‘Virtual guidance counselor’

Soon after the site first launched, Touran was invited to “Data Jam,” a joint event presented by the White House and U.S. Department of Education. A mix of entrepreneurs, college educators and policymakers met at Harvard to discuss the challenges in education and how they could leverage open data to improve education.

A few months later, Touran visited the White House for “Datapalooza,” a smaller group setting focused on providing tools addressing two major concerns in education: financial literacy (to help students avoid massive student debt) and tools for under-represented students, mainly Hispanics and Native Americans.

“In response to that, I took that as an opportunity to sort of position our product along a lot of the discussions that are going on. For example, we are – this fall – going to be offering a financial aid component to our site,” says Touran, referring to the website relaunch, which also offers a complete Spanish translation.

The relaunch of the website and new mobile site and app are the result of ApplyKit’s extensive market testing and research, performed after attracting New Hampshire investors in a seed round last summer, Touran said.

“That allowed us to bring on employees, really focus on doing lots of market testing and getting a good sense of what students and parents really struggle with in the admissions process,” Touran says.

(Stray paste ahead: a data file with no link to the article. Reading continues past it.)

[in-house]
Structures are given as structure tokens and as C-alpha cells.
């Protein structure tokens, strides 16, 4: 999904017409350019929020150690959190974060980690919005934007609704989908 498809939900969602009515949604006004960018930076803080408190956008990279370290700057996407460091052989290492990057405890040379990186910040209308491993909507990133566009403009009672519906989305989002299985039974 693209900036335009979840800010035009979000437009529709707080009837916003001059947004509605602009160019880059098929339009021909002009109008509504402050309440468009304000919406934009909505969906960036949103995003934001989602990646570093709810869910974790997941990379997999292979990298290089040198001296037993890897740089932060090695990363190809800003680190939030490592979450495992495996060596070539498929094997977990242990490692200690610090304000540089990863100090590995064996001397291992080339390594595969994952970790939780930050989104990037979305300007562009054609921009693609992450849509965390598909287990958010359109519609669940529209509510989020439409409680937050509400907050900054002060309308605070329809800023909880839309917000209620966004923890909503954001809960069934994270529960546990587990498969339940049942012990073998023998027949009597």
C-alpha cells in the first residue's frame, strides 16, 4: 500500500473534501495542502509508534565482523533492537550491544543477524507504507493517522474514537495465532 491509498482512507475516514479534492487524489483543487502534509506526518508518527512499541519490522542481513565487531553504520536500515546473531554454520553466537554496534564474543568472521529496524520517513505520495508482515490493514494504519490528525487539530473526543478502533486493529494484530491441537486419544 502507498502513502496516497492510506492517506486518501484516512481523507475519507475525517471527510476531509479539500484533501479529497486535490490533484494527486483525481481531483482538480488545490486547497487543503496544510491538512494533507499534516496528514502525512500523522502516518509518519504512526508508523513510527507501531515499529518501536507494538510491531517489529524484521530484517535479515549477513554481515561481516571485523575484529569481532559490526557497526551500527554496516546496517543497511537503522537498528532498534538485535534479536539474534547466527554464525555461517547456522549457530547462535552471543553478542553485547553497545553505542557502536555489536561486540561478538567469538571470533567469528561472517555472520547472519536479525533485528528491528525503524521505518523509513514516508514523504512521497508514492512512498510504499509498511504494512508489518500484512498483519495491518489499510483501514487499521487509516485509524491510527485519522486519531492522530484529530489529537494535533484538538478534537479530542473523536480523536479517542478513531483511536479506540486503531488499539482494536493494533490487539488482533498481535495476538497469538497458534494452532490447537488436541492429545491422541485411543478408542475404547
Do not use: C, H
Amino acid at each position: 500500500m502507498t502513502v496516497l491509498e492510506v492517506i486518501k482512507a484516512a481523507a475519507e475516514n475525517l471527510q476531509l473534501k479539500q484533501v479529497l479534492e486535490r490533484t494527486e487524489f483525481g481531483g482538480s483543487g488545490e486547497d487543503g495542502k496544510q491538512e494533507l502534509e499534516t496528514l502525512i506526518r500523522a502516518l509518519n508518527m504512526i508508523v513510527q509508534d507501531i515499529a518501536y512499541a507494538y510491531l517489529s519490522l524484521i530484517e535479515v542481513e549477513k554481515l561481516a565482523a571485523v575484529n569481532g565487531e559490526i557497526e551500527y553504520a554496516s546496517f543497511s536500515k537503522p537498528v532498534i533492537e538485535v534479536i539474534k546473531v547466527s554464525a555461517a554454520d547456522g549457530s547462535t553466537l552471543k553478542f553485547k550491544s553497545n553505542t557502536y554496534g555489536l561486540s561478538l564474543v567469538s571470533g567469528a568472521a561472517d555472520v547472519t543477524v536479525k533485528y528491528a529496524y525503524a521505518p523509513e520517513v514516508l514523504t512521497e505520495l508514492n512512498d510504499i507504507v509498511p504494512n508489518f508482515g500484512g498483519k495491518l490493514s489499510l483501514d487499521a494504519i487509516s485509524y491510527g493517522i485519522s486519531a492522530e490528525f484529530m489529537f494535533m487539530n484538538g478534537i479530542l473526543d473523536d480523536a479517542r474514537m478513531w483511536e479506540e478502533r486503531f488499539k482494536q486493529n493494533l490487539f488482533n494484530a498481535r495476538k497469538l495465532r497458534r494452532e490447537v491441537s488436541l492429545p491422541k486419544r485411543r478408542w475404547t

After discovering that colleges also struggle with meeting their enrollment goals and have limited knowledge as to which students are interested in them, Touran realized he had another market for his tool.

“We’ve morphed ourselves from a virtual file cabinet to a virtual guidance counselor that takes advantage of a lot of big data on high school students and makes that available to colleges,” he explains.

ApplyKit’s team created an algorithm that directs students to colleges they should apply to, after answering a questionnaire. When students indicate they’re interested, ApplyKit makes their information available to the colleges.

It recently partnered with its first institution, Southern New Hampshire University, which notifies ApplyKit about what type of student it’s looking for, and ApplyKit searches its databases to provide relevant students’ information.

As for the students, ApplyKit shows them their chances of being accepted, such as a chart showing how their SAT or ACT scores compare to accepted students’ scores. If their score is weak, they can purchase test prep from a partner.

Touran thinks the new website will enhance ApplyKit’s offerings.

“The goal of ApplyKit is to fundamentally improve the world of college admissions – for both students and college admission officers – using the tools of the future: the Internet, smartphones and curated content.”